Big Ten: Henry Conway

Big Ten lunch links

August, 20, 2010
I don't like tests, that's why I didn't go to college. Don't test me, 'cause I will fail a majority of the time.

Opening camp: Michigan State

August, 9, 2010
Schedule: The Spartans hit the field for their first preseason practice today at 3:30 p.m. ET.

What's new: Mark Dantonio made his first staff change in quite some time, as he hired running backs coach Brad Salem to replace Dan Enos, who left to become Central Michigan's head coach. The Spartans are transitioning to a 3-4 alignment on defense as they look to maximize their talent there. Keith Nichol, who spent most of the 2009 season as Michigan State's No. 2 quarterback, has a new position: wide receiver. Although Michigan State has good depth at receiver, Nichol enters the season as a projected starter.

Sidelined: The Spartans are relatively healthy entering camp. Offensive tackle Henry Conway is fully cleared to practice after sustaining a neck injury. Linebacker Justin Wilson, an 2010 recruit, isn't on the roster and will spend time at Fort Scott Community College in Kansas. The December on-campus assault involving Spartans players resulted in the departures of several players, including nose tackle Oren Wilson.

Key battle: Offensive line is a group to watch this month, and especially the competition at right tackle. Senior J'Michael Deane and junior Jared McGaha are listed as co-starters on the preseason depth chart. Conway, who generated some buzz before his neck injury, should be right in the mix. Another battle takes place at kicker, as Kevin Muma and Dan Conroy try to replace standout Brett Swenson.

New on the scene: Michigan State's recent recruiting success is well documented, and the coaches should see the fruits of their labor this fall. Two incoming recruits, William Gholston and Max Bullough, will enter the rotation at linebacker right away. Running backs Nick Hill and LeVeon Bell also might work their way into the mix.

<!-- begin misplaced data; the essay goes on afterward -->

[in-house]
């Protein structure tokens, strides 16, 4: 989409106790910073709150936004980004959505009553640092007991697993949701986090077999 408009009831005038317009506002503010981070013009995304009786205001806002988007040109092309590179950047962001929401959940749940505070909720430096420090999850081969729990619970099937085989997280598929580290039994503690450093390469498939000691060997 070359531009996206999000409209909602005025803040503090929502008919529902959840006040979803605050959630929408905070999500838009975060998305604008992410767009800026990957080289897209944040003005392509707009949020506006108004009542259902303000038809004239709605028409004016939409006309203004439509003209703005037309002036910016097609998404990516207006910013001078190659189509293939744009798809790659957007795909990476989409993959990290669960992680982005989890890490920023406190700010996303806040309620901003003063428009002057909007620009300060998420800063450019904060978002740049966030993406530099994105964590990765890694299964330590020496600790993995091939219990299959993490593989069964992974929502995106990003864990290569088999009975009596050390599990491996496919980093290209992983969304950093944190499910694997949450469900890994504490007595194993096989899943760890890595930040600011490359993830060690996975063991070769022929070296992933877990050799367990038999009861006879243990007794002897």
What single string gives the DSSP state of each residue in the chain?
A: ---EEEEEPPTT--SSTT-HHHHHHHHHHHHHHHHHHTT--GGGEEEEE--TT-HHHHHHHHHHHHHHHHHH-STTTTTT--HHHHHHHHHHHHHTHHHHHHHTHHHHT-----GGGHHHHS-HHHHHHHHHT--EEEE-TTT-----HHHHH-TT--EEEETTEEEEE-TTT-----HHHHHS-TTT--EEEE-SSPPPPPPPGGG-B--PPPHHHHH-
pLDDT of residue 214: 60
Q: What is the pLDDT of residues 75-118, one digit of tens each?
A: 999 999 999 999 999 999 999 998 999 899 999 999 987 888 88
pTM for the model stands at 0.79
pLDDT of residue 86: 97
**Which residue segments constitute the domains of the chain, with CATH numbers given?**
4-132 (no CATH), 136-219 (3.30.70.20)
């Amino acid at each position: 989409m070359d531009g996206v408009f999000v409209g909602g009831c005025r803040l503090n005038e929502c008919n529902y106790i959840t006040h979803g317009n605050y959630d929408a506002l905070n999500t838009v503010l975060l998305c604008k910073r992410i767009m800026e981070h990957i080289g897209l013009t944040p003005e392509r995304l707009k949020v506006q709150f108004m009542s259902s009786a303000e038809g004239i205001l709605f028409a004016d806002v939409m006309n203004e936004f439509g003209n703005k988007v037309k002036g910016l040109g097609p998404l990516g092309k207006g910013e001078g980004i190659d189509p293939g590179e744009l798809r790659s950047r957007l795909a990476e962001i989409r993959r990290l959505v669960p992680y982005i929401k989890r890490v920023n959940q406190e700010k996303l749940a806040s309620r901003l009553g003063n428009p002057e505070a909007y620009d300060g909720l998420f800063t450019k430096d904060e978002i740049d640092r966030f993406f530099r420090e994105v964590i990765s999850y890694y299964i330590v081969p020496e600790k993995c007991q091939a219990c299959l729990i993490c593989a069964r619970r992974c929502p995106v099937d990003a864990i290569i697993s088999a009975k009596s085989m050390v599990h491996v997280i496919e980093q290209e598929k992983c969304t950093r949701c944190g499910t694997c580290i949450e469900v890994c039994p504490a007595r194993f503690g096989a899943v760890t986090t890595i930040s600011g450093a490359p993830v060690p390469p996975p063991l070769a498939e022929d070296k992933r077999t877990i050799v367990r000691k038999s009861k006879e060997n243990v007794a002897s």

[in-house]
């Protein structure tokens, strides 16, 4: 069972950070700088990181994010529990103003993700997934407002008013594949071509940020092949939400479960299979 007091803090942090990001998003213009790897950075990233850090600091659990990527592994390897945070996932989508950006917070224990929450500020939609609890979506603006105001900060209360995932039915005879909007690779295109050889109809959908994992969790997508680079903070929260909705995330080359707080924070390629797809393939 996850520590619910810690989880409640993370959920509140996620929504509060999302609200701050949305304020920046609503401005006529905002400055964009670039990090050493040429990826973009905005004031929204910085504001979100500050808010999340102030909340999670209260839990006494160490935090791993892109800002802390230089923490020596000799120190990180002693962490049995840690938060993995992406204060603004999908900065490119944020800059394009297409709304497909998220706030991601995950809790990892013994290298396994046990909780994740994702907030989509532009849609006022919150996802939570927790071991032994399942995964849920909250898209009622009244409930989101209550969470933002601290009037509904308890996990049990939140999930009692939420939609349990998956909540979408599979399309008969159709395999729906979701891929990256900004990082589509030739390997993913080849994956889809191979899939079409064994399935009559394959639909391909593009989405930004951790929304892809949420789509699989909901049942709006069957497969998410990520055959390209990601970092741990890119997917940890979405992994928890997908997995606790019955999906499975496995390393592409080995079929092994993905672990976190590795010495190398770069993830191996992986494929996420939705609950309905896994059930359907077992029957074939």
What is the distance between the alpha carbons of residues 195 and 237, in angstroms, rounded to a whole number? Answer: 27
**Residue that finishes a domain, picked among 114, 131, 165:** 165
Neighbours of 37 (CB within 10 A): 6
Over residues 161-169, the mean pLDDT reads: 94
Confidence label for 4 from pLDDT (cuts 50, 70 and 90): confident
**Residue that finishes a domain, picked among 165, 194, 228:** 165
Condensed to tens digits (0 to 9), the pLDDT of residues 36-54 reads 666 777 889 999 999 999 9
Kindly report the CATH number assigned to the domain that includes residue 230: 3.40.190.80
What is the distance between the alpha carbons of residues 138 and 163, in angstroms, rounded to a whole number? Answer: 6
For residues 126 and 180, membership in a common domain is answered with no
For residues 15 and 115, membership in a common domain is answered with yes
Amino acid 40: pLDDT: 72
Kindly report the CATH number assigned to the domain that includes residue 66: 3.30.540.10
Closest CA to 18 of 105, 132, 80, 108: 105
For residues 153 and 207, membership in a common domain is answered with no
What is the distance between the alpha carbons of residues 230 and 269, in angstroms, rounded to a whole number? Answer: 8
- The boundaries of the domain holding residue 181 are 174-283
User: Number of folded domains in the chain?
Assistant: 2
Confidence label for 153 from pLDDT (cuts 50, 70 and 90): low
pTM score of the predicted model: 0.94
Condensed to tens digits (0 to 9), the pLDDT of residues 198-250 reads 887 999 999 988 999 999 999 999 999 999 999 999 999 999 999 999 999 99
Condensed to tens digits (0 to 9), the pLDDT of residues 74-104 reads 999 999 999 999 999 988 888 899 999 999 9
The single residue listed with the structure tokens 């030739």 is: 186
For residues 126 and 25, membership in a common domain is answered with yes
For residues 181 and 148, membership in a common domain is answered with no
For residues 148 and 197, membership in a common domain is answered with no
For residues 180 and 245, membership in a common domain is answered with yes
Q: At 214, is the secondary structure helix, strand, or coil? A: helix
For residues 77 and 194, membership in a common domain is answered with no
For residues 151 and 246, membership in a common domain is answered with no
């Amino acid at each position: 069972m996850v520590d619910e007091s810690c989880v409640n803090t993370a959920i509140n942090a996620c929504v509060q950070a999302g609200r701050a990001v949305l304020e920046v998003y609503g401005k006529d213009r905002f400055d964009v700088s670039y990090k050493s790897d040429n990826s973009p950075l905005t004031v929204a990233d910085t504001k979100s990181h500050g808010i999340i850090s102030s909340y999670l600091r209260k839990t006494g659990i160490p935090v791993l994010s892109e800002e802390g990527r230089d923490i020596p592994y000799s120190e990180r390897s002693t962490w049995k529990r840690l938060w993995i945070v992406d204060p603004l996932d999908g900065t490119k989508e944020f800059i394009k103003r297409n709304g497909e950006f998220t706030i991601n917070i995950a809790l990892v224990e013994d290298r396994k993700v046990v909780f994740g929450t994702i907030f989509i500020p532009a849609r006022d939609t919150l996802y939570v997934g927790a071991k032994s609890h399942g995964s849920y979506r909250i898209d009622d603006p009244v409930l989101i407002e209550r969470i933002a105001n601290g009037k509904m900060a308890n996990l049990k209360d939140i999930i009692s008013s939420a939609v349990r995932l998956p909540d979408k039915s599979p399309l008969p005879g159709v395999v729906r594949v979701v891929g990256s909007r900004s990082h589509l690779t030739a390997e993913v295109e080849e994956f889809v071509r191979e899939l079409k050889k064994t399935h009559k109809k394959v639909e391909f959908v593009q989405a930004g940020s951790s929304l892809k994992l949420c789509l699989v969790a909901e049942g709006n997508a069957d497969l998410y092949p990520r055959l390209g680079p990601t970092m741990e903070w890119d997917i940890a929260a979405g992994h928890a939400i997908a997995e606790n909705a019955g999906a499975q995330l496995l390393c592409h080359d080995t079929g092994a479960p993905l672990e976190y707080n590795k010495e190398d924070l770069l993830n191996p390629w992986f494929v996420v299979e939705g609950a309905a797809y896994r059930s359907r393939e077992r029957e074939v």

Back in the fold: Johnny Adams started two games at cornerback as a freshman in 2008 before missing 10 games last fall with a shoulder injury. Granted a medical hardship, Adams returns and enters camp as a projected starter. Michigan State's secondary really needs playmakers, and Adams could provide a big boost this fall.

Breaking out: Keshawn Martin made the most of his touches in 2009, averaging 22.8 yards per reception, 28.9 yards per kick return and 7.4 yards per punt return. Michigan State will make a much stronger effort to get the ball in Martin's hands this fall. All-American Greg Jones is the leader on defense, but the Spartans also need promising young players like Jerel Worthy, Blake Treadwell, Trenton Robinson and Adams to step up.

Quotable: "We have a lot of experience back. That speaks to our leadership as a program and as a team right now. From the way our players have worked thus far and winter workouts, spring practice and now summer conditioning, it would not seem that we're overconfident. We have some things that we need to prove. I think that's very evident." -- head coach Mark Dantonio

Big Ten lunch links

August, 3, 2010
Since there are so many links, I've broken this up into two categories for you.



Big Ten lunch links

April, 9, 2010
In Columbus today, visiting with the Big Ten champs.

EAST LANSING, Mich. -- Last spring, all eyes were on the quarterback position at Michigan State, with an occasional glance toward the running backs.

Both backfield positions are pretty much settled this year, as Kirk Cousins is the clear No. 1 quarterback and sophomores Larry Caper and Edwin Baker will share carries at running back. The Spartans are also well stocked at both wide receiver and tight end, losing only one major contributor in Blair White and gaining a potential star wideout in converted quarterback Keith Nichol.